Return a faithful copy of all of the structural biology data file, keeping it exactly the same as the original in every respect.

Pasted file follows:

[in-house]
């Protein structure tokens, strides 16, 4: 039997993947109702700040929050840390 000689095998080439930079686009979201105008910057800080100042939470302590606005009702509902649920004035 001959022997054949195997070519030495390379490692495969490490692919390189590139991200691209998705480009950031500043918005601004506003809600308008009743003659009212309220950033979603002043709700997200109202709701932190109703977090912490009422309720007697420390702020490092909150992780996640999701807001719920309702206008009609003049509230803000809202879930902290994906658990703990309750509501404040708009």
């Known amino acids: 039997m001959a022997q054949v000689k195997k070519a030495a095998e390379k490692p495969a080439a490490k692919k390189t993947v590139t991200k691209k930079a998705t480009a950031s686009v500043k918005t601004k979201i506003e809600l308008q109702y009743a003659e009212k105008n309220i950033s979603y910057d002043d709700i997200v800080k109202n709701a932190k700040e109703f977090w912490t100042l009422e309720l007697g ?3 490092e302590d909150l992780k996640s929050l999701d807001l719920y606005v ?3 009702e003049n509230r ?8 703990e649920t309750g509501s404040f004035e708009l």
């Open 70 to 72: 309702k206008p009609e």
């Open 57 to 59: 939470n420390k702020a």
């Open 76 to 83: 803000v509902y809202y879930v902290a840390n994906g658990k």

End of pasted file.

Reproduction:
[in-house]
């Protein structure tokens, strides 16, 4: 039997993947109702700040929050840390 000689095998080439930079686009979201105008910057800080100042939470302590606005009702509902649920004035 001959022997054949195997070519030495390379490692495969490490692919390189590139991200691209998705480009950031500043918005601004506003809600308008009743003659009212309220950033979603002043709700997200109202709701932190109703977090912490009422309720007697420390702020490092909150992780996640999701807001719920309702206008009609003049509230803000809202879930902290994906658990703990309750509501404040708009």
């Known amino acids: 039997m001959a022997q054949v000689k195997k070519a030495a095998e390379k490692p495969a080439a490490k692919k390189t993947v590139t991200k691209k930079a998705t480009a950031s686009v500043k918005t601004k979201i506003e809600l308008q109702y009743a003659e009212k105008n309220i950033s979603y910057d002043d709700i997200v800080k109202n709701a932190k700040e109703f977090w912490t100042l009422e309720l007697g ?3 490092e302590d909150l992780k996640s929050l999701d807001l719920y606005v ?3 009702e003049n509230r ?8 703990e649920t309750g509501s404040f004035e708009l």
């Open 70 to 72: 309702k206008p009609e």
């Open 57 to 59: 939470n420390k702020a």
């Open 76 to 83: 803000v509902y809202y879930v902290a840390n994906g658990k």